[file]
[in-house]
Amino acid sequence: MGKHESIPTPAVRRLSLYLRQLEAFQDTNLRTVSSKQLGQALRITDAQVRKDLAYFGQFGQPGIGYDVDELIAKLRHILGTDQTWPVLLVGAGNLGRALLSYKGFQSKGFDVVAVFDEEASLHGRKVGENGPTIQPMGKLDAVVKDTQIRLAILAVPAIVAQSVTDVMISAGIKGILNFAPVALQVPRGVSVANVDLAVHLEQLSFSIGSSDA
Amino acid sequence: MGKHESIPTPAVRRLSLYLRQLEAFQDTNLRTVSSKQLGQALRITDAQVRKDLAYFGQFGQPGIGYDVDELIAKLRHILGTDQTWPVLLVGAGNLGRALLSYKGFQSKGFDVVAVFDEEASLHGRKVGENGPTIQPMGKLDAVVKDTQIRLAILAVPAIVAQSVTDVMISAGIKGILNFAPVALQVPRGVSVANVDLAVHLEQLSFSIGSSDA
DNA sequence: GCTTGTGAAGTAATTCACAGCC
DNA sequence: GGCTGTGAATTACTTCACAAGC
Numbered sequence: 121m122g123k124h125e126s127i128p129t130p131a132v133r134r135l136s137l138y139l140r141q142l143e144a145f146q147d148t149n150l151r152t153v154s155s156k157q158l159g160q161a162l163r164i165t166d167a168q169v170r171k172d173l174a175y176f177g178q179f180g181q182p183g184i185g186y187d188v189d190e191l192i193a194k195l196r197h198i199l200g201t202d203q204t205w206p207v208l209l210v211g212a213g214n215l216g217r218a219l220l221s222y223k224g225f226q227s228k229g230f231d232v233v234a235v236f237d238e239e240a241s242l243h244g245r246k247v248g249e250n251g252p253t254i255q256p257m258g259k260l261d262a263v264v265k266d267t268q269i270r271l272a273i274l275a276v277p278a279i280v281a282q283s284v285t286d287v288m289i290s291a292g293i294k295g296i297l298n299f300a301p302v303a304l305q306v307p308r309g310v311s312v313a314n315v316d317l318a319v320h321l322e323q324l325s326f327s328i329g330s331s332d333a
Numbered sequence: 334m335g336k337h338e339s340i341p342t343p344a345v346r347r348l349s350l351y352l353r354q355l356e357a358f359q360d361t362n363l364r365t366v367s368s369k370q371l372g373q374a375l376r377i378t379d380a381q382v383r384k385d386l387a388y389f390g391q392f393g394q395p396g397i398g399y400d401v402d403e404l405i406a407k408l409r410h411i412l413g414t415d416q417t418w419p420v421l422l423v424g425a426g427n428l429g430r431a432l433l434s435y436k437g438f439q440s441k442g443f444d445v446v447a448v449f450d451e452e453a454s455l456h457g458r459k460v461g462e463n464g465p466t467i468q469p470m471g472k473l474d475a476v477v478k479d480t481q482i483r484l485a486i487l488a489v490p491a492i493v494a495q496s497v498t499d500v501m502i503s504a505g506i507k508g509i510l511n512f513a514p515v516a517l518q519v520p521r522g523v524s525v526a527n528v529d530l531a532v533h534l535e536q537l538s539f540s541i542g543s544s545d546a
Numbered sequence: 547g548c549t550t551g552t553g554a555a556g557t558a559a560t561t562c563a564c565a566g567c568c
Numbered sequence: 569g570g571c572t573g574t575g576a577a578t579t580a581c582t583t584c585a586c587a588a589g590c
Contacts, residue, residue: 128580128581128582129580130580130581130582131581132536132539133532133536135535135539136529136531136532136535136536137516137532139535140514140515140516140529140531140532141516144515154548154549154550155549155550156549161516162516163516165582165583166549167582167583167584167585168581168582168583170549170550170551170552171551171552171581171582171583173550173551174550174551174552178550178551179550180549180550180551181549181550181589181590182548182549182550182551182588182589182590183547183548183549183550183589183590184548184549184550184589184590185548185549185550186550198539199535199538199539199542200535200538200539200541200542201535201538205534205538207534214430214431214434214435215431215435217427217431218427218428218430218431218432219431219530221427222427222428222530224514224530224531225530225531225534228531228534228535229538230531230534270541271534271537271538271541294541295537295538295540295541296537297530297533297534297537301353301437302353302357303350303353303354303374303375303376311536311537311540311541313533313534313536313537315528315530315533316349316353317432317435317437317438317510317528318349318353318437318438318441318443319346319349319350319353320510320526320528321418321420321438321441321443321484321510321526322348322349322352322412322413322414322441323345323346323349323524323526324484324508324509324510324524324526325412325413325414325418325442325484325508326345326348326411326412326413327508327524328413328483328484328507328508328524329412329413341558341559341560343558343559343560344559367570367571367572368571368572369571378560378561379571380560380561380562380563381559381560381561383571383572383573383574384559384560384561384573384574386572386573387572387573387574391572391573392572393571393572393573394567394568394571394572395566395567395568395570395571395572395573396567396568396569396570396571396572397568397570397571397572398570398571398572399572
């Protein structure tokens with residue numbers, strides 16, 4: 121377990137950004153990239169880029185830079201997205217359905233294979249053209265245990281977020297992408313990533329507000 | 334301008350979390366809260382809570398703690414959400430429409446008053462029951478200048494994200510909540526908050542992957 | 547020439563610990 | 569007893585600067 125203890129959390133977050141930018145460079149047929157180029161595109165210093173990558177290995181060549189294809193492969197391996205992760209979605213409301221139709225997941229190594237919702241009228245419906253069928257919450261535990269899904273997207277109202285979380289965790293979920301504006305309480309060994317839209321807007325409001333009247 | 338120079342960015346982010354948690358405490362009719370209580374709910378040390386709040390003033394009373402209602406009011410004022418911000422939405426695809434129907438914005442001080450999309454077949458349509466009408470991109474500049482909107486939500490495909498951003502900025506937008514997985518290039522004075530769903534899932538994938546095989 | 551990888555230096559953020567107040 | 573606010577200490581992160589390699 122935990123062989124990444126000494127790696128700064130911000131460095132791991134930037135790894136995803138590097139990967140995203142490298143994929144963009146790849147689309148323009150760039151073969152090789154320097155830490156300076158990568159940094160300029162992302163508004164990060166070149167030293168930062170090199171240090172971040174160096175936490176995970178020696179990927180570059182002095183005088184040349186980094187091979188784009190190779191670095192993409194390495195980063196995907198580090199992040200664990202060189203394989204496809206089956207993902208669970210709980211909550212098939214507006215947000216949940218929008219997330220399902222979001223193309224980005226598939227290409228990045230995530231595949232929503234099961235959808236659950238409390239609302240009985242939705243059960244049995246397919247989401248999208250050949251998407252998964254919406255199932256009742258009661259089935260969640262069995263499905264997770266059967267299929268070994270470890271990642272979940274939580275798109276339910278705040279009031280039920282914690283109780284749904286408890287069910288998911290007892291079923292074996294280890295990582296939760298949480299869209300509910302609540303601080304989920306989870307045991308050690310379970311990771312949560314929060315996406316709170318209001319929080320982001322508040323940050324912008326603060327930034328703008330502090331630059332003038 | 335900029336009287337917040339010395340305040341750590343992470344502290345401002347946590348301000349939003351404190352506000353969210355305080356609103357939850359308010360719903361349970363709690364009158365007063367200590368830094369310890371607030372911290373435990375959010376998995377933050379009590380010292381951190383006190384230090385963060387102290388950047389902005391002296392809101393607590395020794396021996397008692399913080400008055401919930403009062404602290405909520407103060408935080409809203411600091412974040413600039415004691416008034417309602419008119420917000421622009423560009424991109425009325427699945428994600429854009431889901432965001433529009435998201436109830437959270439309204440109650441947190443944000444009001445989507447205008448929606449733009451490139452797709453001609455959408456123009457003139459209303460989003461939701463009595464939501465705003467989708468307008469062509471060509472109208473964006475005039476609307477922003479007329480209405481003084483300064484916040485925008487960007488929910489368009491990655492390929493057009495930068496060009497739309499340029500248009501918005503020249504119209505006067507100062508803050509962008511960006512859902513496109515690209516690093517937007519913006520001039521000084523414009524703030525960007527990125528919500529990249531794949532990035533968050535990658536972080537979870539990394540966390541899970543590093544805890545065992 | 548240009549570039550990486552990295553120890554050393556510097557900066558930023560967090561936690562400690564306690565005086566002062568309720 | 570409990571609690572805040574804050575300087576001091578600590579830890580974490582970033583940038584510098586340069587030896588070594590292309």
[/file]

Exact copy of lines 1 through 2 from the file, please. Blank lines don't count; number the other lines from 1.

[in-house]
Amino acid sequence: MGKHESIPTPAVRRLSLYLRQLEAFQDTNLRTVSSKQLGQALRITDAQVRKDLAYFGQFGQPGIGYDVDELIAKLRHILGTDQTWPVLLVGAGNLGRALLSYKGFQSKGFDVVAVFDEEASLHGRKVGENGPTIQPMGKLDAVVKDTQIRLAILAVPAIVAQSVTDVMISAGIKGILNFAPVALQVPRGVSVANVDLAVHLEQLSFSIGSSDA